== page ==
One sweet, one strong

1996 SA Huet Clos du Bourg Moelleux 1er trie 12.5%
Chenin Blanc, Vouvray, Loire Valley (biodynamic since 1990).

Huet is a famous maker, with a range including sparkling, sec, demi-sec and sweet. Clos du Bourg is regarded as its “top” site. Chenin Blanc is a high acid white wine variety, entirely undistinguished in Australia (although it played an important role in old Houghton White Burgundies, and there are a few brave producers persevering, such as Coriole).

1996 huet

The cork was unremarkable but had performed its task, and the colour was bright gold. Despite its sweetness level (70 g/l?)  this wine was deliberately served with a meal as a savoury white wine. The acidity was completely integrated and concealed the inherent sweetness. Apricot, cumquat, baked apple, honey, marzipan and shortcrust; resoundingly fresh and savoury in intent (regardless of its  analytical sweetness).  Super-complex, it was just a delight to drink and a reminder of the potency of the best wines of the Loire (much harder to find in Australia than they deserve).

Drink to 2030, and 94 points (for surprise value, a higher score is warranted)

1971 Metala Vintage Port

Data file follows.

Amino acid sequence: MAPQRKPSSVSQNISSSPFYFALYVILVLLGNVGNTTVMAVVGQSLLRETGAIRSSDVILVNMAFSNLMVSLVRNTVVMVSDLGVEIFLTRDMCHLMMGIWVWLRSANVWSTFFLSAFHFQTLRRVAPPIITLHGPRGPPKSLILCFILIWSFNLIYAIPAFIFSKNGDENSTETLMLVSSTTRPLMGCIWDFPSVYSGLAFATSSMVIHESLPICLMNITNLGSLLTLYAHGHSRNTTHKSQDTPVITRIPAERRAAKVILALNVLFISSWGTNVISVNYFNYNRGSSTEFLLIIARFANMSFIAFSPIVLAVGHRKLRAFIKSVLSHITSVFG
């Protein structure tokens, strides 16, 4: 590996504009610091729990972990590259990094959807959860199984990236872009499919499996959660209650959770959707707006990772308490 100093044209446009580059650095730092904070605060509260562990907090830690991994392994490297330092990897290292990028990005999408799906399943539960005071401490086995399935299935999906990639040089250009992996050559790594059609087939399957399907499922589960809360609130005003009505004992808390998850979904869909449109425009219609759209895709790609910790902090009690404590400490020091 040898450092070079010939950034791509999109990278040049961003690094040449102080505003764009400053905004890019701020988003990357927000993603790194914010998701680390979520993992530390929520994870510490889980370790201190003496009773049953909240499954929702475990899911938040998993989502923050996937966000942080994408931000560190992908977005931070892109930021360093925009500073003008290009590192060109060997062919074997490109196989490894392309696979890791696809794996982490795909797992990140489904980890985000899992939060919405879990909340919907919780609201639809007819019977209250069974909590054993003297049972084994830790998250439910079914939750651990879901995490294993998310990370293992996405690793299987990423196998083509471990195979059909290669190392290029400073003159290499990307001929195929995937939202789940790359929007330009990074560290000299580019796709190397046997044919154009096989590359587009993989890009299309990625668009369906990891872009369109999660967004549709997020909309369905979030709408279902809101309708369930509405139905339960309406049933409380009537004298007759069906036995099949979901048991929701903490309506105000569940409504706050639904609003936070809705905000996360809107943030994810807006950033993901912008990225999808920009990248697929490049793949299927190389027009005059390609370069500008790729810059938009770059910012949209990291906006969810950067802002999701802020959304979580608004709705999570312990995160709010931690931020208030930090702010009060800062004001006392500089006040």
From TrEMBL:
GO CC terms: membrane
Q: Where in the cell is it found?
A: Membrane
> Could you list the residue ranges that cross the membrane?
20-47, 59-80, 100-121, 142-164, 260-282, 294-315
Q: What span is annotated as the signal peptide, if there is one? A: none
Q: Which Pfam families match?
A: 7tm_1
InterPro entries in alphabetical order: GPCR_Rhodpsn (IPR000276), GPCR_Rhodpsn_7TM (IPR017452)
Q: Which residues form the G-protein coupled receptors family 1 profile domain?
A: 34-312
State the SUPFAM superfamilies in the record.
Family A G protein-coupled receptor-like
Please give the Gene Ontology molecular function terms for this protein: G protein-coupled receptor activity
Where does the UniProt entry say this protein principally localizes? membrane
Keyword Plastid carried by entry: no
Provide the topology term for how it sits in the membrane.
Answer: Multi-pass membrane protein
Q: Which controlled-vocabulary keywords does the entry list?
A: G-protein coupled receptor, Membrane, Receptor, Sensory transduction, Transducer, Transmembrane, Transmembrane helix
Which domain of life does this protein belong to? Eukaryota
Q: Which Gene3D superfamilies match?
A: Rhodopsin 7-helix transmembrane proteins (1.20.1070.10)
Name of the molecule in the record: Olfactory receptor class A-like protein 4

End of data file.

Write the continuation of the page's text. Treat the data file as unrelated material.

Langhorne Creek, South Australia, likely Shiraz.

Langhorne Creek is not a “renowned” area for VP styles in Australia, but it’s full of surprises. Its longstanding contributions to the red wines of Wolf Blass cannot be ignored. Bleasdale makes an array of excellent Malbecs – and much more- Lake Breeze deserves greater recognition,  as does Bremerton.

The label of this wine had effectively disintegrated, but it’s understood to have been recorked (and possibly tweaked) in 2015. Huon Hooke has an illuminating article on the recent buyback of the Metala brand here.

But it was another knockout to drink – another 51-year-old wine consumed only weeks after the All Saints.

Liquorice, dark fruits, cream and pie crumble, dark berries, dried fruits and the most startling feature was its freshness – a lovely piece of history.

Drink to 2030 and 93 points


1971 All Saints Vintage Port

Australia has a prolific number of wineries and wines with “saint” embedded in their names; St Hallett, St Hugo, St Huberts, and St Leonards are merely some that I have purchased. All Saints (established in the 1860s) is an old winery near Rutherglen that went through complex ownership, marketing and labelling upheavals (it’s now owned independently by members of the Brown family.  Visiting as a youngster, I prowled through the enormous hall where barrels of fortified matured (since mostly sold off), the castle-style main building, and the vast estate grounds full of numerous buildings.

This wine was served blind, and my impressions ran “mocha/toffee/coffee, cherry, then very dense, obviously old, sweet blackberry, traditional in style, but still fresh, lively and delicious”. My conclusions- “Australian vintage Port, likely early 1980’s, and unable to guess origin – if pushed, South Australia”,.

Regardless, it’s special occasion when I taste a wine over fifty years old.

Drink to 2030, with 91 points (higher if history nudges wine appreciation more).

2000 Pfeiffer Christopher’s VP 18%

Rutherglen, Victoria, 100% Touriga